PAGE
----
Unveiling the Complexities of Surrogacy: Legal Misconceptions, Judgment, and the Reality of Parental Paths
The Pope has made headlines this week by calling for a ban on surrogacy and the “commercialisation” of pregnancy worldwide; describing surrogacy as a grave violation of the mother and child. There seems to have been a fundamental misunderstanding, as commercialised surrogacy (in other words, paying someone to carry your child/being paid for being a surrogate) is in fact already illegal in many countries across the world. In the UK, surrogate mothers are not entitled to charge a fee. Only their reasonably incurred expenses are covered.
The legal complexities associated with surrogacy are often misunderstood. Where a child is born to a surrogate, even where the child was conceived solely using the biological material of the prospective parents and not the surrogate, the prospective parents are not both legally the parents of the child when the child is born. Orders are required from the court to terminate the parental rights and responsibilities of the surrogate (and potentially other third parties such as the surrogate’s spouse) and to give parental rights and responsibilities to the prospective parents. The legal path to parenthood by surrogacy is navigable, but by no means straightforward.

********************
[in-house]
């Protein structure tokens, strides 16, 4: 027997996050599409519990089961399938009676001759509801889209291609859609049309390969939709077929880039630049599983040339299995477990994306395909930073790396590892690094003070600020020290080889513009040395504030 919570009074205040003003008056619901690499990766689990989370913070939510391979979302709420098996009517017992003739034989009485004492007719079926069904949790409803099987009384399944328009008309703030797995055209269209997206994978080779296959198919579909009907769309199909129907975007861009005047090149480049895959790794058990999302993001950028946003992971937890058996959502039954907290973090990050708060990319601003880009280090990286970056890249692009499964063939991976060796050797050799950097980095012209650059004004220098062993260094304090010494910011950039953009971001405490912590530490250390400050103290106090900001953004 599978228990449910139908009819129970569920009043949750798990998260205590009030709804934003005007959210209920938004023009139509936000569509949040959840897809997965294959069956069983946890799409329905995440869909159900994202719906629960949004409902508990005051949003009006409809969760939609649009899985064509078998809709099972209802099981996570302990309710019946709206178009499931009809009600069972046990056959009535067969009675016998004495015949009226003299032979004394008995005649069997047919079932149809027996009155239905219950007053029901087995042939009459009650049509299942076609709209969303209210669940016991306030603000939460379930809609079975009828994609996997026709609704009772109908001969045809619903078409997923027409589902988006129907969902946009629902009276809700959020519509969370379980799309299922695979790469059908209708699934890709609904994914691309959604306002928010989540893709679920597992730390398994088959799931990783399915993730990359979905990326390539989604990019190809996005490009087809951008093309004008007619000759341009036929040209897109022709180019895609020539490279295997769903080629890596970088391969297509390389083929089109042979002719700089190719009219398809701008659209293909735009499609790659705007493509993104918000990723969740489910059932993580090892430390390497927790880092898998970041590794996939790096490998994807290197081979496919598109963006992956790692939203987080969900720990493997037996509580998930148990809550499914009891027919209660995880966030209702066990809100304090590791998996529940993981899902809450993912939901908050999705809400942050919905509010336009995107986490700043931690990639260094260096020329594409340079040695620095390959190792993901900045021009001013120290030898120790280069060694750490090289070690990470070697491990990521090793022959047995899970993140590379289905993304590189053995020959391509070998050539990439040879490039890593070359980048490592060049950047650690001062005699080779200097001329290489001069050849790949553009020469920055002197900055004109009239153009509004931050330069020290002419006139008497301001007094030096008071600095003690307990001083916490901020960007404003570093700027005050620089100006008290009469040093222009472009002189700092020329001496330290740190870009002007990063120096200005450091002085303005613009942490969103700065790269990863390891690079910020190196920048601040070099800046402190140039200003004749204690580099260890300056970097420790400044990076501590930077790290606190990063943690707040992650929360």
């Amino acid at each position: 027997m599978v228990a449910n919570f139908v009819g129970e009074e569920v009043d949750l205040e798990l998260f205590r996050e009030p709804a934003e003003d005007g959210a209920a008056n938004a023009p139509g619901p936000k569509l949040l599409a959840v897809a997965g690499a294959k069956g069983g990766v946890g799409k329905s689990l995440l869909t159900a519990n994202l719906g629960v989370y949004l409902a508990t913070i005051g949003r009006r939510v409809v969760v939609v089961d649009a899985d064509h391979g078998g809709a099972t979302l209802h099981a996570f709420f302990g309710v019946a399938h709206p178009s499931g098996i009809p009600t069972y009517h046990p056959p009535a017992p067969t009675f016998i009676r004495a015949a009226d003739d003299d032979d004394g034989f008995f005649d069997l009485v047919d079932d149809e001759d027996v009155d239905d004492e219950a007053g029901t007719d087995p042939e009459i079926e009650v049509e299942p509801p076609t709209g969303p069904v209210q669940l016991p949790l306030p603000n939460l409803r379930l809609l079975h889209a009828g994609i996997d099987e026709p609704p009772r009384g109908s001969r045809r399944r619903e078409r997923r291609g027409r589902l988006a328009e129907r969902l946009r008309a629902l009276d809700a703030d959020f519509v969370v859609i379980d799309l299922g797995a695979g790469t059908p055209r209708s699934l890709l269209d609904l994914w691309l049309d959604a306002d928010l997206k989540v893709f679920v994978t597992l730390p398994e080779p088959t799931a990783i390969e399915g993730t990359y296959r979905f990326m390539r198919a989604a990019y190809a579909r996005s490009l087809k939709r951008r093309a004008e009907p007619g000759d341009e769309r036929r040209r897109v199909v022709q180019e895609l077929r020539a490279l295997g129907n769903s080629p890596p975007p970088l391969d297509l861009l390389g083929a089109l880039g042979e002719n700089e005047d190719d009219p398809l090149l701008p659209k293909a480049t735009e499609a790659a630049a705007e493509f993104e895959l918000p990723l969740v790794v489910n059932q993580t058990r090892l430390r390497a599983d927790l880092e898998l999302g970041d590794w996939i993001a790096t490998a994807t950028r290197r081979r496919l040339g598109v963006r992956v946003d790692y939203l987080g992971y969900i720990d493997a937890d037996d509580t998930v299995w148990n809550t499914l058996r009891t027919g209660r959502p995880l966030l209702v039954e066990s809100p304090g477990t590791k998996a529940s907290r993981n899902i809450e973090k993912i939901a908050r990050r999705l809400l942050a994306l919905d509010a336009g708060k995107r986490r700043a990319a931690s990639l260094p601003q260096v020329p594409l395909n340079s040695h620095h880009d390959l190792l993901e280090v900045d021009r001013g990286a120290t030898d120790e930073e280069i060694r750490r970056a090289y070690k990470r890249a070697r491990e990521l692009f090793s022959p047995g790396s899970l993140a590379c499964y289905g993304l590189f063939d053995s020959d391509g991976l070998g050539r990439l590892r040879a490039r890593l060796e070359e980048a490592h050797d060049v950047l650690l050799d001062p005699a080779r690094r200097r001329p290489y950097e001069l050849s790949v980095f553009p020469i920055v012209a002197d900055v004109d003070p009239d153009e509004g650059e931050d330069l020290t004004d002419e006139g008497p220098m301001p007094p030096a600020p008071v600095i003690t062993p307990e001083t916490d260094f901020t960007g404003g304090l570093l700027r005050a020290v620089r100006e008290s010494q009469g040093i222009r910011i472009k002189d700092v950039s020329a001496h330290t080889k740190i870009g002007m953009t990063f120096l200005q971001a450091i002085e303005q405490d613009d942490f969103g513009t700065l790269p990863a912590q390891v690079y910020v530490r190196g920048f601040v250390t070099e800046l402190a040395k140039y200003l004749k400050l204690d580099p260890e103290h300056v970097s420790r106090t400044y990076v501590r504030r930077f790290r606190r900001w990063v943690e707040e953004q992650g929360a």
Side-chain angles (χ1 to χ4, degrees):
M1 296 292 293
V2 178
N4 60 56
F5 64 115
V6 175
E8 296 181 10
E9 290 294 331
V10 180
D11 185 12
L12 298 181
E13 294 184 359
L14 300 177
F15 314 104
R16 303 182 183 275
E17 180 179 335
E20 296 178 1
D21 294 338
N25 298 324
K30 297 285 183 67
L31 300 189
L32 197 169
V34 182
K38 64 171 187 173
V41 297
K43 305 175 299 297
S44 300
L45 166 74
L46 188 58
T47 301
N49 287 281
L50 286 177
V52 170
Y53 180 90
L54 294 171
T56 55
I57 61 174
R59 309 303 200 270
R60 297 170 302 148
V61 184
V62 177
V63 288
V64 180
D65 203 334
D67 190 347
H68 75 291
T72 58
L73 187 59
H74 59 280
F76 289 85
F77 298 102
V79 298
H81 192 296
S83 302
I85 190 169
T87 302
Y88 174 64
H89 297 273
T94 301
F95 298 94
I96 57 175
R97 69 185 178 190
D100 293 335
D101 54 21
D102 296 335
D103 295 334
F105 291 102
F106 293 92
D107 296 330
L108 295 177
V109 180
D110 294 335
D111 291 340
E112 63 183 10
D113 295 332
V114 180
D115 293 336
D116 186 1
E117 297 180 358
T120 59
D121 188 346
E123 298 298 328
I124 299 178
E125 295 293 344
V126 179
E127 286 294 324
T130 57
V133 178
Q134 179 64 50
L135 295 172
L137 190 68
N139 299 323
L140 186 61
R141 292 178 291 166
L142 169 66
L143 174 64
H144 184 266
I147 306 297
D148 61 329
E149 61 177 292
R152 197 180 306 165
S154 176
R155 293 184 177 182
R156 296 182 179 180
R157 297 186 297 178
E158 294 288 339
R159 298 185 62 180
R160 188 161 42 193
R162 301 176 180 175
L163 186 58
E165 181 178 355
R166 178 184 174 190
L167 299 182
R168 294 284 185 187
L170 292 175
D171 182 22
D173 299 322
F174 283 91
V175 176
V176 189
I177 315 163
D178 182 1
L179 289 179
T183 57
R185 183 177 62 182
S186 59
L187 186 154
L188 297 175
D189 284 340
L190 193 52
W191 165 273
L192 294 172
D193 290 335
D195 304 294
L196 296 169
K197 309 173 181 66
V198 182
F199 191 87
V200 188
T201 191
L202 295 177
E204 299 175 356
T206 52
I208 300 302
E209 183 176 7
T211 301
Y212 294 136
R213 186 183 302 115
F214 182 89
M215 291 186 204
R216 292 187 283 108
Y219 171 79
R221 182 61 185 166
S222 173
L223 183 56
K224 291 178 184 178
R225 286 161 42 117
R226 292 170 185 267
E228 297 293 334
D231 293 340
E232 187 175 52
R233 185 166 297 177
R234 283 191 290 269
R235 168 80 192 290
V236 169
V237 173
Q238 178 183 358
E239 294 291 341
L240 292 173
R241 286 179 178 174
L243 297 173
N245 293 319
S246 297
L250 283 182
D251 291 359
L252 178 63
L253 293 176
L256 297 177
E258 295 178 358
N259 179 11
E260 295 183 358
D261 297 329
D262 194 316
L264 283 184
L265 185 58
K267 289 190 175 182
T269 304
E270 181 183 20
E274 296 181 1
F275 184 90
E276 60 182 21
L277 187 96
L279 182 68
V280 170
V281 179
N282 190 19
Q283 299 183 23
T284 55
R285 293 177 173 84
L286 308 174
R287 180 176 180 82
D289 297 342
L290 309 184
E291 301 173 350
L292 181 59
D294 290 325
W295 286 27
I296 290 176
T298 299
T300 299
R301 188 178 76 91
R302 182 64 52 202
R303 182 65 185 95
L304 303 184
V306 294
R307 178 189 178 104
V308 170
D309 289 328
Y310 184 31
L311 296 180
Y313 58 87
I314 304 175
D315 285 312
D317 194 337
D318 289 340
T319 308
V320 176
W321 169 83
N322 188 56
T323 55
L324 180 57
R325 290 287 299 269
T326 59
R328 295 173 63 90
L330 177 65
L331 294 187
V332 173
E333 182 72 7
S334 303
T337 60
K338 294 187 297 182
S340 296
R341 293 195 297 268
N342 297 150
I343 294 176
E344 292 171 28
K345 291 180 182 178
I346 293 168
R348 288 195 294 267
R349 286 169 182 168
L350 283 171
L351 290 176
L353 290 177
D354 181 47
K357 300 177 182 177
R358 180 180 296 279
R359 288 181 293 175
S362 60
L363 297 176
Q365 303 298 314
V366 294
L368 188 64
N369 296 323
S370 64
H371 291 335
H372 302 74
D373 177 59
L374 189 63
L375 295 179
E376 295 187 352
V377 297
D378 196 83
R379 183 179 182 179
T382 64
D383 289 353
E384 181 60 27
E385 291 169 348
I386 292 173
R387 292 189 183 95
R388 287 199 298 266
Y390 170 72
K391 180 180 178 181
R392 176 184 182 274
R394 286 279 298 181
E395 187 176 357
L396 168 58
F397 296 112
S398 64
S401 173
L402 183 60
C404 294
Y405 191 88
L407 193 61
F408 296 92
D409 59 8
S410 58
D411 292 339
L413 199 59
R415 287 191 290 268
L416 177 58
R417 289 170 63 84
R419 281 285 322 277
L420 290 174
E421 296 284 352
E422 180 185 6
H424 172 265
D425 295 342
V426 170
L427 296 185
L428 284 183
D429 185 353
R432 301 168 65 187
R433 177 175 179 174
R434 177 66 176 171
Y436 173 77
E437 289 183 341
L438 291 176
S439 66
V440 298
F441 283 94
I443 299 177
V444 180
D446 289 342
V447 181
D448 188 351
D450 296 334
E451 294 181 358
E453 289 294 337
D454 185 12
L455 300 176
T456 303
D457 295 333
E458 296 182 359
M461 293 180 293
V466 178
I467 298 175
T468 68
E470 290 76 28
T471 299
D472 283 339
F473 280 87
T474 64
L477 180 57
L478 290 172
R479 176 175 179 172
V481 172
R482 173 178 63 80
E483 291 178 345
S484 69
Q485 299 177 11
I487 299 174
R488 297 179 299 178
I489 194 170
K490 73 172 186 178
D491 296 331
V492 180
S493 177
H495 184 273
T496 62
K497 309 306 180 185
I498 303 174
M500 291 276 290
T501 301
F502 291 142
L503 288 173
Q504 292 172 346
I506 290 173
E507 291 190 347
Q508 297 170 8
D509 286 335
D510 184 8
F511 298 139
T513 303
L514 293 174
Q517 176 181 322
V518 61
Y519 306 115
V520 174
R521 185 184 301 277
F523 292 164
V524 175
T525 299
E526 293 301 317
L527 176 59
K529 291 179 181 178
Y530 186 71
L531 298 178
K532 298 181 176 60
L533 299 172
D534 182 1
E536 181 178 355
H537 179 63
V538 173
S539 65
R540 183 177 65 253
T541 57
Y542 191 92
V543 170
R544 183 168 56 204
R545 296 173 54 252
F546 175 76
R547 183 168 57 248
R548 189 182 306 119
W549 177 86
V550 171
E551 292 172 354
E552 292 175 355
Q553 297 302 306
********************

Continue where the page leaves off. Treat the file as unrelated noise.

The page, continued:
When there are headlines about famous faces using surrogates, judgement is often swift, and in particular women come under scrutiny for “choosing” to use a surrogate, with many overly presumptuous comments made along the lines of “she didn’t want to ruin her body”, and “she’s just lazy”. These women then find themselves having to disclose intimate details about their health to justify their “choice” to strangers. When a same sex couple, or a single male parent, uses a surrogate, there is often less speculation as to why they decided to go down that route, as the answer is obvious that, physiologically, they couldn’t carry a child themselves. No third party is placed to make any kind judgement in these situations, especially not knowing a person’s full medical background.
I say “choosing”, because for many it isn’t really a choice – surrogacy is often a last resort. The vast majority of parents who use surrogates do so because they have no other way of having biological children of their own, and so it is not necessary a choice to not carry a child themselves, rather, a choice between having a biological child of their own, or not at all/risking their health and the health of their unborn child. As a relatively new mother myself, I can say that pregnancy and parenthood is challenging enough, without adding in the additional stress, complications and legalities that come from having to use alternative methods to conceive and have a child. Children born in the UK by way of surrogates are so wanted and loved by their parents, and doing the job we do, that really is what matters.
For any further information, please contact Shona Young, Senior Associate Family Law on firstname.lastname@example.org